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Samsung admits fault, faces fine in false advertising investigation

Samsung faces fine in false advertising investigation

Samsung has been known to go on the offensive with its marketing and advertising, but a new accusation alleges that Samsung might have gone too far with a recent campaign. According to a complaint filed in Taiwan, Samsung has been accused of hiring students to publish articles on the web that attacked HTC and recommended Samsung cell phones. The allegations are now being investigated by the Fair Trade Commission and could face an $835,000 fine, AFP reported. While the company hasn’t discussed any specific allegations, Samsung did admit fault to an extent due to employees’ “insufficient understanding” of its marketing principles, and it has issued the following statement to the media:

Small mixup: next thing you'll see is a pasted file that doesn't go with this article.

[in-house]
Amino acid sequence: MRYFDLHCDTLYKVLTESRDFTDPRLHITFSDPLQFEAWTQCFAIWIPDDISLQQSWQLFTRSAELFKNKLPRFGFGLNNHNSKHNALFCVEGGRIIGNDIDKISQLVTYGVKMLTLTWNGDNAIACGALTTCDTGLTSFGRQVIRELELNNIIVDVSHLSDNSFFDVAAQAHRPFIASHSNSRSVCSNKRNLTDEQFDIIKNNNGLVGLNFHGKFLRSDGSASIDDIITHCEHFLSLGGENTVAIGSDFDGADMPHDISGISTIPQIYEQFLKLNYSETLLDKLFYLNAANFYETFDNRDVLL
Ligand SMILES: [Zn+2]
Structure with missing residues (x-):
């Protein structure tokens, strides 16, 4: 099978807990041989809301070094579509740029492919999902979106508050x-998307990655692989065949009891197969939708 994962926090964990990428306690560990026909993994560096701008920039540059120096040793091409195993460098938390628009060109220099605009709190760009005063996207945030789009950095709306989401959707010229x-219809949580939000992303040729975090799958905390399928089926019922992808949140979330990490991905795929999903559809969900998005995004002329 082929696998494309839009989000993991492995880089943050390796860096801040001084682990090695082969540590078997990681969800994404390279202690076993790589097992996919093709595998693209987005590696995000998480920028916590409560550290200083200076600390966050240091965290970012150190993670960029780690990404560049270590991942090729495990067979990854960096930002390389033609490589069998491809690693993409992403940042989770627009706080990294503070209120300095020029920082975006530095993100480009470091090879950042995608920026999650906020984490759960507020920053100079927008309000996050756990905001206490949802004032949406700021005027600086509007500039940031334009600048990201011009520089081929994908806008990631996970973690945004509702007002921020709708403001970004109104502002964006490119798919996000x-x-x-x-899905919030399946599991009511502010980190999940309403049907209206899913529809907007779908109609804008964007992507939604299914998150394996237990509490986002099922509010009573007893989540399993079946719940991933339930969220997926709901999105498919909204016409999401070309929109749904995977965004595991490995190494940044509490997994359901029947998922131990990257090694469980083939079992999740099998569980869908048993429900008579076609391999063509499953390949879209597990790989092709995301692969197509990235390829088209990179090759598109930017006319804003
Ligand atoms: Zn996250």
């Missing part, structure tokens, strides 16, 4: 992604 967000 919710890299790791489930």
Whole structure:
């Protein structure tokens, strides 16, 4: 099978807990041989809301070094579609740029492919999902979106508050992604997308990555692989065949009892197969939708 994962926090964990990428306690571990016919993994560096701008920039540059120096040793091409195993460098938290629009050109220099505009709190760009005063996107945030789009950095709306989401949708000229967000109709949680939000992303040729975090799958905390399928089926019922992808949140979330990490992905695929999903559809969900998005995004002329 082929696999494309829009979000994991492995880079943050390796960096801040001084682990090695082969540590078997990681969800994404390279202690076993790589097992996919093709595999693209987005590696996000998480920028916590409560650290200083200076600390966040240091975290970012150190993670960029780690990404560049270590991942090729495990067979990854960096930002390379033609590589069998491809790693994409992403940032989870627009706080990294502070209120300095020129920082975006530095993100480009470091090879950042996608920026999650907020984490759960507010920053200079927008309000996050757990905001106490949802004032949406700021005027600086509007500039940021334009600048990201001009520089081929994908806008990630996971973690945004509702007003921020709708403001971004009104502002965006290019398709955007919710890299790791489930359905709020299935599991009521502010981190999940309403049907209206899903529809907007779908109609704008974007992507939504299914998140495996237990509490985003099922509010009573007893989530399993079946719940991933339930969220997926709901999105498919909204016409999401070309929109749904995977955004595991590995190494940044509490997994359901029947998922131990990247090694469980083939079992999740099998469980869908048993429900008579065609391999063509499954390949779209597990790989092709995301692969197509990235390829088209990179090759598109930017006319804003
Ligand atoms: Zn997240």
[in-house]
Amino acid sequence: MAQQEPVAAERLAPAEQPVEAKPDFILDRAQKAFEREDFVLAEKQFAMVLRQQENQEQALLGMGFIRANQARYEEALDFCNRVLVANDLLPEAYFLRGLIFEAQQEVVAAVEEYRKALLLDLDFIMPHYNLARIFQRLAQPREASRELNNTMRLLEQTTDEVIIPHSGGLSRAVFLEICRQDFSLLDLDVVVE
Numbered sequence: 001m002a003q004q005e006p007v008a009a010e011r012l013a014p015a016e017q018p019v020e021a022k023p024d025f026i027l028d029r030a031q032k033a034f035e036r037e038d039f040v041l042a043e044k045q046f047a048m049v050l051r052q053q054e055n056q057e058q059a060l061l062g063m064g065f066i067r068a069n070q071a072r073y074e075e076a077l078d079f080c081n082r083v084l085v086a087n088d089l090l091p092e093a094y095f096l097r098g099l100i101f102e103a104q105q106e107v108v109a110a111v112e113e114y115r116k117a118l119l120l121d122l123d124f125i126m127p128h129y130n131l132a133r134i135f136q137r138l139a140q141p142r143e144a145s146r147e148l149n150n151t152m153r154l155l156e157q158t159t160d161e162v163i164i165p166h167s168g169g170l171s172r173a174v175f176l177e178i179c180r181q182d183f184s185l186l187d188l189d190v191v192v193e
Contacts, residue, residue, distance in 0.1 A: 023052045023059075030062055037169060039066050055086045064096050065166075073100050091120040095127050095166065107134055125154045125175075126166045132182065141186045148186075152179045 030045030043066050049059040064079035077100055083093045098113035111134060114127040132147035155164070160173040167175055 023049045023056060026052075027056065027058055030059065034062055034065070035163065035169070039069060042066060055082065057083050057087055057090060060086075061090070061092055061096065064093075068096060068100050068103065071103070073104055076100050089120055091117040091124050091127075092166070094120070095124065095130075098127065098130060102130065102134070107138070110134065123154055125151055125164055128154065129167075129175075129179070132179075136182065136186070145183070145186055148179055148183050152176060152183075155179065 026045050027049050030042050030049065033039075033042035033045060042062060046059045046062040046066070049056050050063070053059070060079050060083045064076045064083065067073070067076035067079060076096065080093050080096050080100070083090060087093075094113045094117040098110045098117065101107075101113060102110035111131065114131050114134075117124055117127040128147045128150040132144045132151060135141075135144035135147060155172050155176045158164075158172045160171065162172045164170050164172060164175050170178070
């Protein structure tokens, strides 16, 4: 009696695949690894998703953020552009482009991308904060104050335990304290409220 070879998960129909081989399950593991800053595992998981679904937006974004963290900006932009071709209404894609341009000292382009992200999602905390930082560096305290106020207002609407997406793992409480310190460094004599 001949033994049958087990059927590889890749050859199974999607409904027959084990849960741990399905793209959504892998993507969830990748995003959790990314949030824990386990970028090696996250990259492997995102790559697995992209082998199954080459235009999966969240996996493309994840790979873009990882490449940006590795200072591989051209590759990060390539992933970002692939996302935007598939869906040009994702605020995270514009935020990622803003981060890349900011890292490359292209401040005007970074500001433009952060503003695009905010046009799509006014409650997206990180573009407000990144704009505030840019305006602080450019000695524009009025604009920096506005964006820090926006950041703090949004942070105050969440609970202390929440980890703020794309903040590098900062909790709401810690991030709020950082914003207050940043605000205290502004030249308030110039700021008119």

Samsung Electronics remains committed to engaging in transparent and honest communications with consumers as outlined in the company’s Online Communications Credo. We have encouraged all Samsung Electronics employees worldwide to remain faithful to our Credo. The recent incident was unfortunate, and occurred due to insufficient understanding of these fundamental principles.

Samsung Electronics Taiwan (SET) has ceased all marketing activities that involve the posting of anonymous comments, and will ensure that all SET online marketing activities will be fully compliant with the company’s Online Communications Credo.

We regret any inconvenience this incident may have caused. We will continue to reinforce education and training for our employees to prevent any future recurrence.

Zach Epstein

Zach Epstein has been the Executive Editor at BGR for more than 10 years. He manages BGR’s editorial team and ensures that best practices are adhered to. He also oversees the Ecommerce team and directs the daily flow of all content.

Zach first joined BGR in 2007 as a Staff Writer covering business, technology, and entertainment. His work has been quoted by countless top news organizations, and he was recently named one of the world's top 10 “power mobile influencers” by Forbes. Prior to BGR, Zach worked as an executive in marketing and business development with two private telcos.